Light at last: why do more women develop Alzheimer’s disease? | Eurasia Diary -

24 August, Saturday

Light at last: why do more women develop Alzheimer’s disease?

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Alzheimer’s disease (AD) is a leading cause of dementia in many older people, but it seems to affect twice as many women as men. Scientists have long tried to find out why this is so, and why it seems to follow a fast-track course in women, according to the article in News Medical.

Now at last some clues are available, from a new study reported at the Alzheimer's Association International Conference in Los Angeles. They involve genetic, biological and social factors.

One study from Vanderbilt University focused on how the characteristic tau protein which forms neurofibrillary tangles in the nervous systems of people with AD shows differences in males and females. Researchers now think it spreads from one cell to another within the brain, and from one lobe of the brain to another.

In another study, brain scans were used in over 450 men and women, of whom about a third showed signs of cognitive impairment, or forgetfulness. This is a typical feature of AD. The scans were aimed at examining the tau protein structures and found that women with mild cognitive impairment had a more disseminated pattern of tau than men with the same symptoms. This could mean that this type of spread is easier and faster in females because their neurons have more connections in this area.

Another piece of research focused on the correlation of female work and life experiences with the later development of AD, in over 6,000 women who were born in the years 1935-1956. On analysis, scientists found that paid female workers showed a reduced rate of cognitive impairment compared to the other women. This finding remained constant, whether the women were married, or were mothers, and even whether they stopped working for a time for family-related reasons. While the reasons for this trend were not examined, researcher Elizabeth Mayeda speculates that they might include “cognitive stimulation, social benefits of working, as well as financial benefits.” This is possible, given that poverty increases the risk of later cognitive impairment.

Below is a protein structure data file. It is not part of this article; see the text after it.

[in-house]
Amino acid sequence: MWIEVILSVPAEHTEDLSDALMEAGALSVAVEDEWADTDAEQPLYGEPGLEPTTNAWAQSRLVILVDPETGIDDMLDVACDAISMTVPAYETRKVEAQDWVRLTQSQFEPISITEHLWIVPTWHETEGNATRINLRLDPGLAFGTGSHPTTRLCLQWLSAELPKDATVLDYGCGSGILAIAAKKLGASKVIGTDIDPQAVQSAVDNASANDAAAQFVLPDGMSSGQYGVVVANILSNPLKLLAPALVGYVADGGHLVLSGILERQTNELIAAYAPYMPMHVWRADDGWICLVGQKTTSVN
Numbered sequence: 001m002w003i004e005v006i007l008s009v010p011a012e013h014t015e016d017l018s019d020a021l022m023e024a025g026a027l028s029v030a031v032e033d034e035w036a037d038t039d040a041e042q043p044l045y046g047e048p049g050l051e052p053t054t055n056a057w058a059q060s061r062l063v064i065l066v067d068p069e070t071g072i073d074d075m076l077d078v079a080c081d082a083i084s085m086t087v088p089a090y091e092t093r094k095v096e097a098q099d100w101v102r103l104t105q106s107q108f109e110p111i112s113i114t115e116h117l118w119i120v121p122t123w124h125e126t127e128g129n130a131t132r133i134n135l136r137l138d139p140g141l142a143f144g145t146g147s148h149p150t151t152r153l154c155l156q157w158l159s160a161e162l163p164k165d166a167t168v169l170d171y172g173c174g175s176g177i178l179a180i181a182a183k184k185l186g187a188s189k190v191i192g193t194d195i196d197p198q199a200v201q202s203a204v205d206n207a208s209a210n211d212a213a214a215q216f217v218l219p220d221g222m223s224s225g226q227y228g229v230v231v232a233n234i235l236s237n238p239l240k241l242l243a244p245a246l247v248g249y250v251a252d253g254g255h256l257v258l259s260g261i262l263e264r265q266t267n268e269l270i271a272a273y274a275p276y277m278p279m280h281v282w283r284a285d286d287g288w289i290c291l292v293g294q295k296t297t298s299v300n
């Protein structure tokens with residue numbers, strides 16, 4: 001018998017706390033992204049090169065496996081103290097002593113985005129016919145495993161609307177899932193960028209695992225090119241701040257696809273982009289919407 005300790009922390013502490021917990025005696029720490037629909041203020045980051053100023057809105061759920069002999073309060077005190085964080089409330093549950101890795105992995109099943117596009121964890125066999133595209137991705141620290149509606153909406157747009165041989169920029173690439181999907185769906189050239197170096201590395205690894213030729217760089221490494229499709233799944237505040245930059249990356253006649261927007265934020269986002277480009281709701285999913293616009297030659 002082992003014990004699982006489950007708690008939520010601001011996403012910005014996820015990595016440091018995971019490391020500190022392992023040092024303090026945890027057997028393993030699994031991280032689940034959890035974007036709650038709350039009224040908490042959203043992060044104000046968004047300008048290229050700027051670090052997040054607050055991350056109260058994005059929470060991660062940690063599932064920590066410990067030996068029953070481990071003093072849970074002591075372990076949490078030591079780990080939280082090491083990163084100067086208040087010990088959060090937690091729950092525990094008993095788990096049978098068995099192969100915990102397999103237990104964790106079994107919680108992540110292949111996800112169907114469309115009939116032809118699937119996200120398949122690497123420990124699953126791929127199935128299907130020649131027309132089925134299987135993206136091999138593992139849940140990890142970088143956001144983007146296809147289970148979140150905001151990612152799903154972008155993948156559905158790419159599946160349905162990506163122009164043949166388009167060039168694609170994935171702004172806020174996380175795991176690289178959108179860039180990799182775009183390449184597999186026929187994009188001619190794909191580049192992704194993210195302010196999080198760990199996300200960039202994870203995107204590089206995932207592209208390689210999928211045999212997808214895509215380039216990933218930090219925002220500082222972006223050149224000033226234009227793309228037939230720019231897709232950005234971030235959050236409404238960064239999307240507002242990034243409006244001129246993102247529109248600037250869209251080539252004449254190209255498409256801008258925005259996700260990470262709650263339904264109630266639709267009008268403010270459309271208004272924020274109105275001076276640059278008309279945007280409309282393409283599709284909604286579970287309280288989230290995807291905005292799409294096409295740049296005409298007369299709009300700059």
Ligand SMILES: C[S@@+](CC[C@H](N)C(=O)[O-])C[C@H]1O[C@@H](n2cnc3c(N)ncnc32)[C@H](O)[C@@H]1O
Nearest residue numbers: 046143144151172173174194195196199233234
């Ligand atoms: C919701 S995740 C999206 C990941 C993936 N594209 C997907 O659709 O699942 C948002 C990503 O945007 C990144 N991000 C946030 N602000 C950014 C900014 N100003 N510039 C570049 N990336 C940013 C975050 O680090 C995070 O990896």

Does the longer life expectancy of females play a role in the higher incidence of this condition? This was thought to be the case, certainly, until quite recently. Research doesn’t corroborate this, because the difference seems to be in the way male and female brains are constructed. The biology and hormonal activity in men is quite different from that in women. So is the working of the immune system. Therefore, it makes sense that their brains also work quite differently, according to Alzheimer's Association senior staff member Heather Snyder.

This was borne out by a report on higher metabolic rates in the female brain after the onset of AD. Female brains use glucose more efficiently, which is related to a better verbal ability in women than men with similar degrees of cognitive impairment. This masks the early features of AD when tested by verbal skills, resulting in a later diagnosis.

Genetic factors also play a role in the risk of AD in men and women, according to another study. We already know that the presence of the APOE-4 gene increases AD disproportionately in women at certain ages. Another four genes which confer gender-specific risk for AD were identified by University of Miami scientists. One of them increased AD risk in females and the rest in men, but more information is needed on how they work. They intend to continue work on these genes as well as another seven candidates.

At the same time, other scientists are exploring preliminary findings that a drug that reduces the growth of a bacterium called Porphyromonas gingivalis which also causes gum disease. The drug, called COR388, inhibits the bacterial toxins and reduces the levels of inflammatory biomarkers like RANTES and ApoE protein, in the blood and cerebrospinal fluid of people with AD. It is possible that the bacterium causes amyloid formation in the brain. The drug has gone into a one-year trial to see if its use actually results in a decline in clinical symptoms of AD.

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